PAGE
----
DING DING DING
As he’s leaving he says, “It feels kind of weird. You’re in a conversation and then you’re just out of it.”
Guy #4 looks like George Stroumboulopoulos. His name is far less complicated, Ron. Grey knit sweater.
He is an echo man.
He asks where I am from. I ask, “Why am I not from here?” He repeats, “Why are you not from here?” He asks if I’ve ever done speed dating before. I say, “No, it’s rather strange to me.” He replies, “Is it strange?”
I feel like punching him for repeating me. Where is that bell?
DING DING DING. Thank God!
Guy #5 is Chad.
He’s wearing a grey flannel sweater and is either stoned or tired.
He announces he wants to “chill out for a second.” I agree. “It’s totally exhausting. Let’s just sit and whatever comes naturally, we’ll just go with,” he says, slumping a little further into his seat.
We sit. Both of our eyes wander to the televisions mounted on either side of the room. He sees hockey. I see curling. This silence is nice.
I actually like curling. I tell him so. “Have you ever played shuffleboard?” he asks. I have not. He awakens as he begins describing the game.
Next thing you know we’re drawing pictures on our checklists trying to describe different things to each other.
He asks how I feel about the evening. I tell him I find it, “Interesting. It’s different. I am constantly thinking, ‘What are you judging me on?’”
He laughs. “Exactly. What are you judging me on is the biggest thing.” I tell him about my anxieties coming over — about what I should wear, should I paint my nails? I wave my undecorated fingers before him. “I did not paint my nails.”
He jokes, “I am so judging you right now.” We laugh.
The bell rings.
Guy #6 looks like Val Kilmer. There is an eerie slickness about him that I don’t trust.
Guy #7: Another engineer but the first real awkward fellow.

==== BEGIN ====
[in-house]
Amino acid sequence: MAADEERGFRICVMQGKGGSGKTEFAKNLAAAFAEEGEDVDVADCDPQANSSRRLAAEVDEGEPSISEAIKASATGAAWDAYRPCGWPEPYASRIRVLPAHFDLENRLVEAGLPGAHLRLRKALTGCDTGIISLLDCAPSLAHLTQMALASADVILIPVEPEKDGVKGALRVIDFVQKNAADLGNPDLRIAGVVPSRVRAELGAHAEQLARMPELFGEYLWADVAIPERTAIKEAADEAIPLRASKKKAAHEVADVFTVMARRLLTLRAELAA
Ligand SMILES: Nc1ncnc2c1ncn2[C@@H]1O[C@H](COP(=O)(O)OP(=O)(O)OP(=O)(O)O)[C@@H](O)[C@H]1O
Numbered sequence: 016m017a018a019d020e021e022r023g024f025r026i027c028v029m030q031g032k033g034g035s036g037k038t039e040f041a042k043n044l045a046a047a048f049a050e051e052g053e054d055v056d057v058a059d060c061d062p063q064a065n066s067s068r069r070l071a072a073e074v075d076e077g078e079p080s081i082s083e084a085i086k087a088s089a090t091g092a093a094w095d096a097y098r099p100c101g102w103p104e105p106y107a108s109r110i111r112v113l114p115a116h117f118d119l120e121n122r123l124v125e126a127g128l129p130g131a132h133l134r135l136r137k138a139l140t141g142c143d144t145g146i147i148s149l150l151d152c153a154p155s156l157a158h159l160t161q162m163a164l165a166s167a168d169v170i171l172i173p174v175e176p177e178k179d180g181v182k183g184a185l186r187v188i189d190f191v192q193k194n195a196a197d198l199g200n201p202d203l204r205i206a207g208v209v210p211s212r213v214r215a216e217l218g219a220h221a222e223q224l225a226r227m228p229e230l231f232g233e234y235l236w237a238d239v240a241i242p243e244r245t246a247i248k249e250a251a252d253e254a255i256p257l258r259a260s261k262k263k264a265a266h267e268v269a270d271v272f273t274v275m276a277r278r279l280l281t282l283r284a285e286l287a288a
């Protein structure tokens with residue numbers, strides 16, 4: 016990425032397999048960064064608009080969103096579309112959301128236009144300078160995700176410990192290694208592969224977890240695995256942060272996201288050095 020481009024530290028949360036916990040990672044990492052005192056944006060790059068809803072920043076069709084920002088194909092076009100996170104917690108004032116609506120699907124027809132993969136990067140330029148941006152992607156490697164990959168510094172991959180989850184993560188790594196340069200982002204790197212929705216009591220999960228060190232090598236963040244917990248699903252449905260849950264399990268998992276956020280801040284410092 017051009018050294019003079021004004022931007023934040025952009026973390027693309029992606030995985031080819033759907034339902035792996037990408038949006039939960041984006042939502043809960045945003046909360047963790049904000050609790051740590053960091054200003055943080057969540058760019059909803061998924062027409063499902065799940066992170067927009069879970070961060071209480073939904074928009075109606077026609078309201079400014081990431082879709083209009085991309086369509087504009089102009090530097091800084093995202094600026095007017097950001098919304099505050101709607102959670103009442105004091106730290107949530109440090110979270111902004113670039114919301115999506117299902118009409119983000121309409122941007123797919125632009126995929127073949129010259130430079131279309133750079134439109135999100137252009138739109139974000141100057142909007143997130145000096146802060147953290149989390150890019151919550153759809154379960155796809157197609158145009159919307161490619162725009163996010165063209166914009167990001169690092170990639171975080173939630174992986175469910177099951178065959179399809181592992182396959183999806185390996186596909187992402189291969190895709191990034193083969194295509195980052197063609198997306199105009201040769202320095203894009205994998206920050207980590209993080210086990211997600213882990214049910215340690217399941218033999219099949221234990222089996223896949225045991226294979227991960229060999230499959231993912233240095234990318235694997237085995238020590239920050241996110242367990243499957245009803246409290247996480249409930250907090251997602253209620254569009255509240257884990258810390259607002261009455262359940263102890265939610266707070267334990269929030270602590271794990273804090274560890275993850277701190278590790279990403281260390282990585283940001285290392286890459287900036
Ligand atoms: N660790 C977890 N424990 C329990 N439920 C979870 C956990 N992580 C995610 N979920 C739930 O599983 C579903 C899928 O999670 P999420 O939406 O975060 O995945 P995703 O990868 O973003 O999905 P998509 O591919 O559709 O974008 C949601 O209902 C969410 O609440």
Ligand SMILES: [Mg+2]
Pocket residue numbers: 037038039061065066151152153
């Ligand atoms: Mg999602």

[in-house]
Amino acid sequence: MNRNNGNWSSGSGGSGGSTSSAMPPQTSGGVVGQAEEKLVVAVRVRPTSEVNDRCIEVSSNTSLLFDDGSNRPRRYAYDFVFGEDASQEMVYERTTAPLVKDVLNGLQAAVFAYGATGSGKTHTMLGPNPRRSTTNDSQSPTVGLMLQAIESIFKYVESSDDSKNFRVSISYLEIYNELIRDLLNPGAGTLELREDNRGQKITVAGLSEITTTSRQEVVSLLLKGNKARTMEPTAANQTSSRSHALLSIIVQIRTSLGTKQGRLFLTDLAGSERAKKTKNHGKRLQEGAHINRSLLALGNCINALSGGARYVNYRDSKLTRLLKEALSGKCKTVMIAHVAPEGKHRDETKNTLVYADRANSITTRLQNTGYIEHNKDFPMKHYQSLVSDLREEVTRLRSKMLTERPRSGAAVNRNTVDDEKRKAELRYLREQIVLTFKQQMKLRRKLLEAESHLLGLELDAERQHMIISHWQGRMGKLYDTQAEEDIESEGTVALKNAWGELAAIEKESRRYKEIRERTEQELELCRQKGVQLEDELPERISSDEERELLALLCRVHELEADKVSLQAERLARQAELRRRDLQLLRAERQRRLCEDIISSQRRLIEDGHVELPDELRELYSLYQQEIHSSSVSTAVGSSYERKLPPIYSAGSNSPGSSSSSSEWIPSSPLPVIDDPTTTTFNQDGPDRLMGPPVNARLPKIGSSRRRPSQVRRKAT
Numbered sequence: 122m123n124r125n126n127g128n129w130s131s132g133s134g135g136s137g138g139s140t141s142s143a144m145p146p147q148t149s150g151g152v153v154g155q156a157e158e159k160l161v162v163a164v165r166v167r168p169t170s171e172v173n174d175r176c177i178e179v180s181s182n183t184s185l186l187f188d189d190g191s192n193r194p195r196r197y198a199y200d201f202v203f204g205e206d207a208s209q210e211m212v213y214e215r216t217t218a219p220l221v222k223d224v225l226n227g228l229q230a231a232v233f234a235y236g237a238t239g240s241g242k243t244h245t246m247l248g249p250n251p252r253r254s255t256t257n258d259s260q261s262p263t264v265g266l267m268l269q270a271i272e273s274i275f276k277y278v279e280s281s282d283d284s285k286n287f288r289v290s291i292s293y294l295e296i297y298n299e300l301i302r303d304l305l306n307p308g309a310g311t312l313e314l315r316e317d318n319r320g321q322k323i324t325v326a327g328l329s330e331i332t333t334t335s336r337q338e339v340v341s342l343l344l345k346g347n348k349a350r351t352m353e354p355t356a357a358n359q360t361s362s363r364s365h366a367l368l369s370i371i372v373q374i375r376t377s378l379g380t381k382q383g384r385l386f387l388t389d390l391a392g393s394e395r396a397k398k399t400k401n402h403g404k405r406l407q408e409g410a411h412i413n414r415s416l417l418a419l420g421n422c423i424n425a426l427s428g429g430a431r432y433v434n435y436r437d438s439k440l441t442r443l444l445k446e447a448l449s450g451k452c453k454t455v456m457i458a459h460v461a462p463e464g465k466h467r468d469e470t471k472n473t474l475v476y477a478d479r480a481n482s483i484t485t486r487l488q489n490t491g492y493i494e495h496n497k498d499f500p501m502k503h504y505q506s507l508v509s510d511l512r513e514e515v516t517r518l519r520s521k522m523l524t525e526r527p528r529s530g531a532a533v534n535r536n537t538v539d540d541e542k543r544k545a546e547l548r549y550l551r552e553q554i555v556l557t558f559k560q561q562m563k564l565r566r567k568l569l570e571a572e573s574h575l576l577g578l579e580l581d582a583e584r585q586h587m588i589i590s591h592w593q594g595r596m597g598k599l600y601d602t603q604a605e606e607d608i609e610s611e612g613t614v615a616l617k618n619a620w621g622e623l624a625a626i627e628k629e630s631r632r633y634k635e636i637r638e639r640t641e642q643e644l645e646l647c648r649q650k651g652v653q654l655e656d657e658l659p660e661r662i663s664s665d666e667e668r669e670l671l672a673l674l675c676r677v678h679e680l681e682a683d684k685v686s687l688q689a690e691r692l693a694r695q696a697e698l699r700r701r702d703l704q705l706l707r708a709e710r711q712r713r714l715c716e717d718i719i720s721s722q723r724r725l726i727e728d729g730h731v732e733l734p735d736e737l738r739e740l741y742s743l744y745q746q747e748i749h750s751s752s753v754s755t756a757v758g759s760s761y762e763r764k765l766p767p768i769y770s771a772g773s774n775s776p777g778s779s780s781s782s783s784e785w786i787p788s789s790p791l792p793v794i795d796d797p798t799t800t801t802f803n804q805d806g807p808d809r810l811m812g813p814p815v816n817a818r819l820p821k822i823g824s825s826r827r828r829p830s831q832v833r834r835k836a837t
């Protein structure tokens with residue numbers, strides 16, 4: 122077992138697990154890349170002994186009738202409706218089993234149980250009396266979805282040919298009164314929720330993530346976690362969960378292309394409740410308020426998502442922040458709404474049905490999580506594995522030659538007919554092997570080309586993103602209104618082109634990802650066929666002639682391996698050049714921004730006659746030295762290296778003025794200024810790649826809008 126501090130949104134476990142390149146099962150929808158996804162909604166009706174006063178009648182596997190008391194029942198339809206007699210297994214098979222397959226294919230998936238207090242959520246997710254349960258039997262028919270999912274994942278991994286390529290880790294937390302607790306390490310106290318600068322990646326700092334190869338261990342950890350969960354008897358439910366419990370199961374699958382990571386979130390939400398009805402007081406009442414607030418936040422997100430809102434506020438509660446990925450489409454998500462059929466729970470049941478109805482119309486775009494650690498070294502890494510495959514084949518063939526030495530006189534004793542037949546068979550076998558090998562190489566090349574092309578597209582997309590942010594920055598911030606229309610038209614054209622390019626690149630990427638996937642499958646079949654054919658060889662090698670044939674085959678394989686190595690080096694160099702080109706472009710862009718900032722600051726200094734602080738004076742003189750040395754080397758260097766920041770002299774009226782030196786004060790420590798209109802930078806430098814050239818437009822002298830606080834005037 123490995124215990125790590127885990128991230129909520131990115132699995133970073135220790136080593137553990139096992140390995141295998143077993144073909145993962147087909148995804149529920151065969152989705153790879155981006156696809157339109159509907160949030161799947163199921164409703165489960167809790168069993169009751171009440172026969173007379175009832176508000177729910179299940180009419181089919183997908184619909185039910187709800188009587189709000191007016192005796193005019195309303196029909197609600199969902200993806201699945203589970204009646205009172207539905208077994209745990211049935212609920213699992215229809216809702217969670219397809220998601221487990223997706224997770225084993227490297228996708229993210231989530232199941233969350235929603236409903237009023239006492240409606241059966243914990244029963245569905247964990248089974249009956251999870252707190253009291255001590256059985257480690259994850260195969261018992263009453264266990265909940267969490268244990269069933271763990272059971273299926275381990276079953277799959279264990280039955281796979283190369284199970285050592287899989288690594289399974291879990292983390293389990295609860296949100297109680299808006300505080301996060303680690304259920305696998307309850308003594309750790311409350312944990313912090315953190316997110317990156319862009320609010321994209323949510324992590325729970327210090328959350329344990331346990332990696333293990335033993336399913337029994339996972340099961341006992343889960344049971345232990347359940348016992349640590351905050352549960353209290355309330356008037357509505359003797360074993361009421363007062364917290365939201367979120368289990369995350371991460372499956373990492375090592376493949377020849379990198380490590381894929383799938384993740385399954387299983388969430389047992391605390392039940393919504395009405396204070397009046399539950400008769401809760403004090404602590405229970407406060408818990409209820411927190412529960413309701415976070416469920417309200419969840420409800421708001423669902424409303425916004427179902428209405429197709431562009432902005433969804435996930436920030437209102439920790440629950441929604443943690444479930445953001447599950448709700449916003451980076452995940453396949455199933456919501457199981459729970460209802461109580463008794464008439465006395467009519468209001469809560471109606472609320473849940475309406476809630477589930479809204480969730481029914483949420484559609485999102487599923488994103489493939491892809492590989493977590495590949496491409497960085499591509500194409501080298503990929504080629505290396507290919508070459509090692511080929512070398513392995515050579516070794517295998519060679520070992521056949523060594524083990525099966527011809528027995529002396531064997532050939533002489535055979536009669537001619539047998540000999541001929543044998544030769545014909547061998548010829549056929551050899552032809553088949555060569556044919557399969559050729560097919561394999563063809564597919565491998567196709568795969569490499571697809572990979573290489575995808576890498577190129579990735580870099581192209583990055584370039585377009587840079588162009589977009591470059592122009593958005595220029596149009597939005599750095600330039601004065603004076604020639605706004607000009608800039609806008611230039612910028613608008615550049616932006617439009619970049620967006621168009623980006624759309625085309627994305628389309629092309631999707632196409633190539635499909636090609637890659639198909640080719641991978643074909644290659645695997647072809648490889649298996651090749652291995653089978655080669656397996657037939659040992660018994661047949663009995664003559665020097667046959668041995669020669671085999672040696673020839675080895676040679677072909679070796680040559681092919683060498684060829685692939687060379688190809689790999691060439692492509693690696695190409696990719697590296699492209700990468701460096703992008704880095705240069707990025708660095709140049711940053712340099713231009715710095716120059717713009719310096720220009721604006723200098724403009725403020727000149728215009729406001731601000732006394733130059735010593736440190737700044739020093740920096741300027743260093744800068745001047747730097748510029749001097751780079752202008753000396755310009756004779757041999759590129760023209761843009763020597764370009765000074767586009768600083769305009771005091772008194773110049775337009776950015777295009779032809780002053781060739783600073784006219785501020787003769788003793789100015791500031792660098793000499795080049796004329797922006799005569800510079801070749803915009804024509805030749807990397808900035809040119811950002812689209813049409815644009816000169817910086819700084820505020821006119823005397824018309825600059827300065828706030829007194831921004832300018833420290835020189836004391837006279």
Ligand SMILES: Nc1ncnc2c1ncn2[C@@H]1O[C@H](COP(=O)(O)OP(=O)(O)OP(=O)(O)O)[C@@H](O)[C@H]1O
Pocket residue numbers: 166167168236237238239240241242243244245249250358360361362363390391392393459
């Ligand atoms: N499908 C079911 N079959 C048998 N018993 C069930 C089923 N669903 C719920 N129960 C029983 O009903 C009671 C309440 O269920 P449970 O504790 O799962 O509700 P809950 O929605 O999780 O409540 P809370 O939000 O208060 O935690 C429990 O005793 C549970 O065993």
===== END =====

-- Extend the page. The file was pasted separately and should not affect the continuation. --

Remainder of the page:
He introduces himself with a firm handshake and settles into his seat.
Like a door ajar, one elbow rests on the table while the other rests on the back of his seat. His posture is perfectly erect. He will remain this way for the next eight minutes, no lie.
All that moves is his head. He is a real life bobblehead.
He’s got a great career, a baby face and broad shoulders but nothing except his head moves when he talks. Poor thing.
Guy #8 is the only guy wearing stripes. Our conversation breezes by. He commends me for going solo to the evening. Apparently most of the girls have come with friends.
The bell rings before we know it.
Guy #9 has a heavy accent and makes jokes I do not understand.
He says, “dating is like fishing. You have to enjoy the process. Release your expectations of the outcome. Hopefully you get the best result — a catch.” Guys #10 and #11 also prove to be entertaining for 16 minutes.
When it’s all over, I gun it to the bathroom to call my best friend.
On my way, a group of ladies was huddled at a booth discussing who was a “yes” and who was a “no.” They invited me to weigh in on their decision-making.
I declined the offer, but wished them luck.
Though I did not check anyone off as a “yes” because the whole thing was a work assignment for me, I can check one thing off another list.
Yes. I can date.